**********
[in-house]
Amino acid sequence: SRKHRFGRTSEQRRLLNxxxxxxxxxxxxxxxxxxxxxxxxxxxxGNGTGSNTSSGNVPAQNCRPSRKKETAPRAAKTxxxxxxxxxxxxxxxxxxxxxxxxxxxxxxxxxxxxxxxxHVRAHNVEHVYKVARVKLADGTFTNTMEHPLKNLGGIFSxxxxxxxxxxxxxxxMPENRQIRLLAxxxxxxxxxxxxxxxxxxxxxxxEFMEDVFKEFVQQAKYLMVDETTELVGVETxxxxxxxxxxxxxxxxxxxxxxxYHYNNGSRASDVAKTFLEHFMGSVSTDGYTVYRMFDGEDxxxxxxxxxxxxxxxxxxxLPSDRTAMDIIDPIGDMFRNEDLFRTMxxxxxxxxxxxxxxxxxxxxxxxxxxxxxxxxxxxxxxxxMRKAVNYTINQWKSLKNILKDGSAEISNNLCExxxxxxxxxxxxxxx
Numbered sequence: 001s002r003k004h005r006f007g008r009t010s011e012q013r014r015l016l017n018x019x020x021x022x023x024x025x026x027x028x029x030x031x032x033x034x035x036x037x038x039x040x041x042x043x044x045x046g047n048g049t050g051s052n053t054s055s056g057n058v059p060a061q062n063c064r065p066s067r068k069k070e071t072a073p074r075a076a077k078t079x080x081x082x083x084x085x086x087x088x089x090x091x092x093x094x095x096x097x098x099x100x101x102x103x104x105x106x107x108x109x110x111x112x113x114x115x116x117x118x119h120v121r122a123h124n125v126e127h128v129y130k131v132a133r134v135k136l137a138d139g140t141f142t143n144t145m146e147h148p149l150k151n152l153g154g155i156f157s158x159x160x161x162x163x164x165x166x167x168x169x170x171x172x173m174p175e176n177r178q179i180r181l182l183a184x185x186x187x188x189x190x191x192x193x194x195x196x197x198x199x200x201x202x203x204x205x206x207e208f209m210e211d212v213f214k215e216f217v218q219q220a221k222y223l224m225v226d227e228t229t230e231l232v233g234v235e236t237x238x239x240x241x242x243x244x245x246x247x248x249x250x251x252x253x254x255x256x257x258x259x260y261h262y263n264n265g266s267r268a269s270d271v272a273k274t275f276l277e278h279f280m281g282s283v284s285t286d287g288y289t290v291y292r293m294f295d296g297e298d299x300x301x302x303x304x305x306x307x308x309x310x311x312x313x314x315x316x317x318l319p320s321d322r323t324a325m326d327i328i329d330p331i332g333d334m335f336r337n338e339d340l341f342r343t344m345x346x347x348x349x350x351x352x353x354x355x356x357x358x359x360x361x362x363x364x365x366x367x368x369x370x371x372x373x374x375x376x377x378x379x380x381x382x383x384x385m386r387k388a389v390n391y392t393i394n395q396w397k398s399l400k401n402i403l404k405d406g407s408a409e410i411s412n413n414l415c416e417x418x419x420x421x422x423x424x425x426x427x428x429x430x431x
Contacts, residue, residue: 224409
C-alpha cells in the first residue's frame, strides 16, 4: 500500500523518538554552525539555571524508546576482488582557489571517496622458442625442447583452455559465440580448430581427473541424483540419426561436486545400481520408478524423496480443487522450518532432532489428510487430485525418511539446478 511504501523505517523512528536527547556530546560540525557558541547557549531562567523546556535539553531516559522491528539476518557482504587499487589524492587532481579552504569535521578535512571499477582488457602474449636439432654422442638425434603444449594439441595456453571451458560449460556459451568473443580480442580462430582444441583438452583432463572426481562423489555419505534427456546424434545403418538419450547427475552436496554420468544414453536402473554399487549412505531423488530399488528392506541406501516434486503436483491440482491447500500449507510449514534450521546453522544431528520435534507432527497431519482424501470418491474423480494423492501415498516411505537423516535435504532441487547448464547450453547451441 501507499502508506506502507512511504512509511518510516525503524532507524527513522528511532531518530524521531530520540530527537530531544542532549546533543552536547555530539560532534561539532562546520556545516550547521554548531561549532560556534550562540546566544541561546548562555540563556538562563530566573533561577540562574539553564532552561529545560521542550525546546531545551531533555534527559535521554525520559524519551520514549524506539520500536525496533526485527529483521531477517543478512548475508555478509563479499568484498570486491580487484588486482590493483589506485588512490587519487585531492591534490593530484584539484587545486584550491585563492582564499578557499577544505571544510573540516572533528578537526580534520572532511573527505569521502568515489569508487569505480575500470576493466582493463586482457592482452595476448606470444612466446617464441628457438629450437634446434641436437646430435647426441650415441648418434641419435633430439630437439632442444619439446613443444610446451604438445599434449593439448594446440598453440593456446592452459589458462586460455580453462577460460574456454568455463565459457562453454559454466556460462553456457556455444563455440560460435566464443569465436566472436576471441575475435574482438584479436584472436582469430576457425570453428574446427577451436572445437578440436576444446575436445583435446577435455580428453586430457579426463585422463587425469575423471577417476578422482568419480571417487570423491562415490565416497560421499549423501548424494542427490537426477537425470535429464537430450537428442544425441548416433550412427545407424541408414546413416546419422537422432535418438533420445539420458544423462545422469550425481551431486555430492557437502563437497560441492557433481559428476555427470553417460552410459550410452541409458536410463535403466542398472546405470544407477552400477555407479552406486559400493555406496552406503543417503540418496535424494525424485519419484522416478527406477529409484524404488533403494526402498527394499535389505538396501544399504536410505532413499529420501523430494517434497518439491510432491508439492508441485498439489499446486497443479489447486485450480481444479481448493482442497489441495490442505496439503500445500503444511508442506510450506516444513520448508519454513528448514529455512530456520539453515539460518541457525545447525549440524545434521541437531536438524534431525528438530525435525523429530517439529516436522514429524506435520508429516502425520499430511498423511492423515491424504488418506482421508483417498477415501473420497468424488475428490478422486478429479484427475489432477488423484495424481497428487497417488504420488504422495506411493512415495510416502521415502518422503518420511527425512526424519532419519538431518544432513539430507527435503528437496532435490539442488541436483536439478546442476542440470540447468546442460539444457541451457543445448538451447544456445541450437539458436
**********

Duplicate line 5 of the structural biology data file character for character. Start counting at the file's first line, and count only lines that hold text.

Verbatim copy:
C-alpha cells in the first residue's frame, strides 16, 4: 500500500523518538554552525539555571524508546576482488582557489571517496622458442625442447583452455559465440580448430581427473541424483540419426561436486545400481520408478524423496480443487522450518532432532489428510487430485525418511539446478 511504501523505517523512528536527547556530546560540525557558541547557549531562567523546556535539553531516559522491528539476518557482504587499487589524492587532481579552504569535521578535512571499477582488457602474449636439432654422442638425434603444449594439441595456453571451458560449460556459451568473443580480442580462430582444441583438452583432463572426481562423489555419505534427456546424434545403418538419450547427475552436496554420468544414453536402473554399487549412505531423488530399488528392506541406501516434486503436483491440482491447500500449507510449514534450521546453522544431528520435534507432527497431519482424501470418491474423480494423492501415498516411505537423516535435504532441487547448464547450453547451441 501507499502508506506502507512511504512509511518510516525503524532507524527513522528511532531518530524521531530520540530527537530531544542532549546533543552536547555530539560532534561539532562546520556545516550547521554548531561549532560556534550562540546566544541561546548562555540563556538562563530566573533561577540562574539553564532552561529545560521542550525546546531545551531533555534527559535521554525520559524519551520514549524506539520500536525496533526485527529483521531477517543478512548475508555478509563479499568484498570486491580487484588486482590493483589506485588512490587519487585531492591534490593530484584539484587545486584550491585563492582564499578557499577544505571544510573540516572533528578537526580534520572532511573527505569521502568515489569508487569505480575500470576493466582493463586482457592482452595476448606470444612466446617464441628457438629450437634446434641436437646430435647426441650415441648418434641419435633430439630437439632442444619439446613443444610446451604438445599434449593439448594446440598453440593456446592452459589458462586460455580453462577460460574456454568455463565459457562453454559454466556460462553456457556455444563455440560460435566464443569465436566472436576471441575475435574482438584479436584472436582469430576457425570453428574446427577451436572445437578440436576444446575436445583435446577435455580428453586430457579426463585422463587425469575423471577417476578422482568419480571417487570423491562415490565416497560421499549423501548424494542427490537426477537425470535429464537430450537428442544425441548416433550412427545407424541408414546413416546419422537422432535418438533420445539420458544423462545422469550425481551431486555430492557437502563437497560441492557433481559428476555427470553417460552410459550410452541409458536410463535403466542398472546405470544407477552400477555407479552406486559400493555406496552406503543417503540418496535424494525424485519419484522416478527406477529409484524404488533403494526402498527394499535389505538396501544399504536410505532413499529420501523430494517434497518439491510432491508439492508441485498439489499446486497443479489447486485450480481444479481448493482442497489441495490442505496439503500445500503444511508442506510450506516444513520448508519454513528448514529455512530456520539453515539460518541457525545447525549440524545434521541437531536438524534431525528438530525435525523429530517439529516436522514429524506435520508429516502425520499430511498423511492423515491424504488418506482421508483417498477415501473420497468424488475428490478422486478429479484427475489432477488423484495424481497428487497417488504420488504422495506411493512415495510416502521415502518422503518420511527425512526424519532419519538431518544432513539430507527435503528437496532435490539442488541436483536439478546442476542440470540447468546442460539444457541451457543445448538451447544456445541450437539458436